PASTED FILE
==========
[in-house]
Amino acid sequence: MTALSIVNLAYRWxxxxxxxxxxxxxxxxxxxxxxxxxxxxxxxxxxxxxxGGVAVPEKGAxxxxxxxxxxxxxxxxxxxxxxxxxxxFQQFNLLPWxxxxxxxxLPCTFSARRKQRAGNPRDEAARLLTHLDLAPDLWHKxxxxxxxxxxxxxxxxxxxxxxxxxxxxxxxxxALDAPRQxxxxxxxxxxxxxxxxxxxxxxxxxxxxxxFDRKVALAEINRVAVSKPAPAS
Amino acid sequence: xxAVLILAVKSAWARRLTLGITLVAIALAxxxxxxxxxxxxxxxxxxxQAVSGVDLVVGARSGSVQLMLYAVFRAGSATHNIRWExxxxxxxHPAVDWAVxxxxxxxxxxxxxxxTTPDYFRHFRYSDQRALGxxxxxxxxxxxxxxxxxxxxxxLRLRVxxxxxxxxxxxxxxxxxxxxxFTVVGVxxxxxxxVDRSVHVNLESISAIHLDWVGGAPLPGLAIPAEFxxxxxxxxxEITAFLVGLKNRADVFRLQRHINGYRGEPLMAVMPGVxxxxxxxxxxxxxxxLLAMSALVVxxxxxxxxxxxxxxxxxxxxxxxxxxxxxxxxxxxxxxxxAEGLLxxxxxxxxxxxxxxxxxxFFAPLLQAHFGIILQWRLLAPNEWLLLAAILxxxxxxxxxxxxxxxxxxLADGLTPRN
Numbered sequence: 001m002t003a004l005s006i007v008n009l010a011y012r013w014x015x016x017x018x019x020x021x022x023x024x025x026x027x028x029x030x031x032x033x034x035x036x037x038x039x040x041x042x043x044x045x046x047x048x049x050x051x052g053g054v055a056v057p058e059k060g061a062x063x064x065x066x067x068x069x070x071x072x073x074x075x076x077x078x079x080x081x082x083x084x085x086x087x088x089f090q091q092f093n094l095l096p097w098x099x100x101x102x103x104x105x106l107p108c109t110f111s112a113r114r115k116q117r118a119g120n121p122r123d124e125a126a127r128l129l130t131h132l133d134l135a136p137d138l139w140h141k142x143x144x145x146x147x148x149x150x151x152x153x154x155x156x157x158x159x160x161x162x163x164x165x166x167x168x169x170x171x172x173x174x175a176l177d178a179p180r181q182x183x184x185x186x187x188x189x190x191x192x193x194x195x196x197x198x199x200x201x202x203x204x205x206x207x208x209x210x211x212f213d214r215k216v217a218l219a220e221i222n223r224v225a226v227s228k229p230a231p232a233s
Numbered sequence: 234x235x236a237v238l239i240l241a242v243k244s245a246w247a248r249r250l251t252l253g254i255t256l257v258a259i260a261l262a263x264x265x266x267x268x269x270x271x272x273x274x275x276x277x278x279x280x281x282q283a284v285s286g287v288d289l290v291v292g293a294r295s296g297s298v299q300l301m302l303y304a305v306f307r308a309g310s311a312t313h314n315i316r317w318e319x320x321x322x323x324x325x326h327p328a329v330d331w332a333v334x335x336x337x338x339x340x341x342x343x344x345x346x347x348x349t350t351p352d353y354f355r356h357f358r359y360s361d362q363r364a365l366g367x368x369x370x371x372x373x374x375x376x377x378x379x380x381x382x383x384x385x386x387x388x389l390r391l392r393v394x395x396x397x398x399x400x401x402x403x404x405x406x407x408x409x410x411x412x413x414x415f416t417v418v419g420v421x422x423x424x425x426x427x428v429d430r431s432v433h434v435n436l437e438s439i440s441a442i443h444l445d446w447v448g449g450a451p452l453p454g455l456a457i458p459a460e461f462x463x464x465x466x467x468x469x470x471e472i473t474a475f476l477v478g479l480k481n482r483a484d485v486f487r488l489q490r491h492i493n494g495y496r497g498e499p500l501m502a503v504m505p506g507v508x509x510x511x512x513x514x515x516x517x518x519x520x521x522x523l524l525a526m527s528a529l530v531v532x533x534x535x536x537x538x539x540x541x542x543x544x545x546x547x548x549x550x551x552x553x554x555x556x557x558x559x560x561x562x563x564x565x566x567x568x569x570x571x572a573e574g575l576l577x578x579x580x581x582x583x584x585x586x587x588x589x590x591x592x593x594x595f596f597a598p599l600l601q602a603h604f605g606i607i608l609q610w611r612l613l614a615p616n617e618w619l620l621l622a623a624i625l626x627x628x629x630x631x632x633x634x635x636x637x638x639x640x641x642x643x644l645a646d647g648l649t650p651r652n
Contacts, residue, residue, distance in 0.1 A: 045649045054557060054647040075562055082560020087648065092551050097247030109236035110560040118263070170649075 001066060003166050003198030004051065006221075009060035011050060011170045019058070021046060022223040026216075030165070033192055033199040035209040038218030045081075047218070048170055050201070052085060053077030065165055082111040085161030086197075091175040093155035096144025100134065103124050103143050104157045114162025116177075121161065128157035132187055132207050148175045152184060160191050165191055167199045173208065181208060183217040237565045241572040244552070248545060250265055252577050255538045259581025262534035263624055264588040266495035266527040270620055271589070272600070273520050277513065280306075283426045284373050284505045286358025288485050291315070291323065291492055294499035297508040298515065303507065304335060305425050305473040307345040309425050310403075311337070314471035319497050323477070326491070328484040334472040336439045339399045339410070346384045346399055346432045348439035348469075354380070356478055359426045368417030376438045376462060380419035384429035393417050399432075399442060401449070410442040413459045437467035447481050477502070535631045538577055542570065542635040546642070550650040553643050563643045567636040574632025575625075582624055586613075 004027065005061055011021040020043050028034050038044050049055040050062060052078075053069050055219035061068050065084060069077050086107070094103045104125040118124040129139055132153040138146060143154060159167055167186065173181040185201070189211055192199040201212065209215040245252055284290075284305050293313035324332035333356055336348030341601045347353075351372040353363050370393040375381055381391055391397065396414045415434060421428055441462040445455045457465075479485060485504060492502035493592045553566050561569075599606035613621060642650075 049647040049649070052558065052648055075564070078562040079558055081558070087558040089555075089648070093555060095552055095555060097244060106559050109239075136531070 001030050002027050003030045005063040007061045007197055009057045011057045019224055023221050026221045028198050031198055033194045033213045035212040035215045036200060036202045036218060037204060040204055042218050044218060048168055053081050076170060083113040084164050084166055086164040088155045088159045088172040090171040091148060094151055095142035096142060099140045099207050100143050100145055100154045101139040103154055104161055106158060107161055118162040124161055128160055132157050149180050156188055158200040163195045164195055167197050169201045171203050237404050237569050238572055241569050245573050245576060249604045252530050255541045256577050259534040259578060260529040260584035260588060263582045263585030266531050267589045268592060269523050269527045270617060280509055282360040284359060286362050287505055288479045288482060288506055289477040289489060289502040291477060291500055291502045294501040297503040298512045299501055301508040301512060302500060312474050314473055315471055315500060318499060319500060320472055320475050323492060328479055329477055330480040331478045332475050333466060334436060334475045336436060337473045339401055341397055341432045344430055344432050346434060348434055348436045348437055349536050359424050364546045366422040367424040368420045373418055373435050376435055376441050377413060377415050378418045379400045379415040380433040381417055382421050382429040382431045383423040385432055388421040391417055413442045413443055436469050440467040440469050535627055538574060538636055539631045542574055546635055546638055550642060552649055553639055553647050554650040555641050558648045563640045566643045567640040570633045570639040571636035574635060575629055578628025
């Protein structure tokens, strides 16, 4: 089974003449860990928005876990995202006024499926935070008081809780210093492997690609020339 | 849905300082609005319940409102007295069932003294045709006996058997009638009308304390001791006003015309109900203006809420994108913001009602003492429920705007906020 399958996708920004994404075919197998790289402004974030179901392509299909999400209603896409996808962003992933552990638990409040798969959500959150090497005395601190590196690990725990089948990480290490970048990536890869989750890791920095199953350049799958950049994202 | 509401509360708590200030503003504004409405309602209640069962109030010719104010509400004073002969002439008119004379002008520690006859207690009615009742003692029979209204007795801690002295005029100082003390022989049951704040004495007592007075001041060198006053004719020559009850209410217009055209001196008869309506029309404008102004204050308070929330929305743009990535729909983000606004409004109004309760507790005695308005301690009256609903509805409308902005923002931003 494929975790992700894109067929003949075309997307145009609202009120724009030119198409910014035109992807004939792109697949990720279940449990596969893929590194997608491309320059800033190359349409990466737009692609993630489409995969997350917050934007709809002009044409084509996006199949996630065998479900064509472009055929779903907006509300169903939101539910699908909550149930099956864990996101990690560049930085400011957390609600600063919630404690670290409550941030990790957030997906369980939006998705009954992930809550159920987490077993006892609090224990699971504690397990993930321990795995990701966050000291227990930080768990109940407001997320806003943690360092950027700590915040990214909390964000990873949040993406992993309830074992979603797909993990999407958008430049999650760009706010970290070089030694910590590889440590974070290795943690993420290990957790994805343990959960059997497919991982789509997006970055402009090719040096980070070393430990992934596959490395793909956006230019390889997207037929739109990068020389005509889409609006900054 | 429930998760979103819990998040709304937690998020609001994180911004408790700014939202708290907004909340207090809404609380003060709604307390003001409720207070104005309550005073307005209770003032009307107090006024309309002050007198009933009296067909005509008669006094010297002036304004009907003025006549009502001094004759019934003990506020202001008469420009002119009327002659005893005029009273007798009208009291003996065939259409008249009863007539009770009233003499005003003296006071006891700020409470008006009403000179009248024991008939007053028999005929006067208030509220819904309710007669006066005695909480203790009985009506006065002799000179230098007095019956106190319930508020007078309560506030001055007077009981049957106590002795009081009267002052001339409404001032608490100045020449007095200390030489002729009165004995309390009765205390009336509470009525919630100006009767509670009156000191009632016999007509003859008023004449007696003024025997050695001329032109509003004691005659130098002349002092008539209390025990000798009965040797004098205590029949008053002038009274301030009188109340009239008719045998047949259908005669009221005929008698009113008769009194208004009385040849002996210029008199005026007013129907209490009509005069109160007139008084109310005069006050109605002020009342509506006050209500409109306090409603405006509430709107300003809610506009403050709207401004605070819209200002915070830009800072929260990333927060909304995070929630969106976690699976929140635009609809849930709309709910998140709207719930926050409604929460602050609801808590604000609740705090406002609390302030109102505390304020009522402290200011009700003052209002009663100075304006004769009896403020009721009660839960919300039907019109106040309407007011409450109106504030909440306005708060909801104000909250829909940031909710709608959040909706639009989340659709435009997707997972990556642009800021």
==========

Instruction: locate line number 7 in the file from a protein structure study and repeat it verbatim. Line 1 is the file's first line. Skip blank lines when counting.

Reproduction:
């Protein structure tokens, strides 16, 4: 089974003449860990928005876990995202006024499926935070008081809780210093492997690609020339 | 849905300082609005319940409102007295069932003294045709006996058997009638009308304390001791006003015309109900203006809420994108913001009602003492429920705007906020 399958996708920004994404075919197998790289402004974030179901392509299909999400209603896409996808962003992933552990638990409040798969959500959150090497005395601190590196690990725990089948990480290490970048990536890869989750890791920095199953350049799958950049994202 | 509401509360708590200030503003504004409405309602209640069962109030010719104010509400004073002969002439008119004379002008520690006859207690009615009742003692029979209204007795801690002295005029100082003390022989049951704040004495007592007075001041060198006053004719020559009850209410217009055209001196008869309506029309404008102004204050308070929330929305743009990535729909983000606004409004109004309760507790005695308005301690009256609903509805409308902005923002931003 494929975790992700894109067929003949075309997307145009609202009120724009030119198409910014035109992807004939792109697949990720279940449990596969893929590194997608491309320059800033190359349409990466737009692609993630489409995969997350917050934007709809002009044409084509996006199949996630065998479900064509472009055929779903907006509300169903939101539910699908909550149930099956864990996101990690560049930085400011957390609600600063919630404690670290409550941030990790957030997906369980939006998705009954992930809550159920987490077993006892609090224990699971504690397990993930321990795995990701966050000291227990930080768990109940407001997320806003943690360092950027700590915040990214909390964000990873949040993406992993309830074992979603797909993990999407958008430049999650760009706010970290070089030694910590590889440590974070290795943690993420290990957790994805343990959960059997497919991982789509997006970055402009090719040096980070070393430990992934596959490395793909956006230019390889997207037929739109990068020389005509889409609006900054 | 429930998760979103819990998040709304937690998020609001994180911004408790700014939202708290907004909340207090809404609380003060709604307390003001409720207070104005309550005073307005209770003032009307107090006024309309002050007198009933009296067909005509008669006094010297002036304004009907003025006549009502001094004759019934003990506020202001008469420009002119009327002659005893005029009273007798009208009291003996065939259409008249009863007539009770009233003499005003003296006071006891700020409470008006009403000179009248024991008939007053028999005929006067208030509220819904309710007669006066005695909480203790009985009506006065002799000179230098007095019956106190319930508020007078309560506030001055007077009981049957106590002795009081009267002052001339409404001032608490100045020449007095200390030489002729009165004995309390009765205390009336509470009525919630100006009767509670009156000191009632016999007509003859008023004449007696003024025997050695001329032109509003004691005659130098002349002092008539209390025990000798009965040797004098205590029949008053002038009274301030009188109340009239008719045998047949259908005669009221005929008698009113008769009194208004009385040849002996210029008199005026007013129907209490009509005069109160007139008084109310005069006050109605002020009342509506006050209500409109306090409603405006509430709107300003809610506009403050709207401004605070819209200002915070830009800072929260990333927060909304995070929630969106976690699976929140635009609809849930709309709910998140709207719930926050409604929460602050609801808590604000609740705090406002609390302030109102505390304020009522402290200011009700003052209002009663100075304006004769009896403020009721009660839960919300039907019109106040309407007011409450109106504030909440306005708060909801104000909250829909940031909710709608959040909706639009989340659709435009997707997972990556642009800021």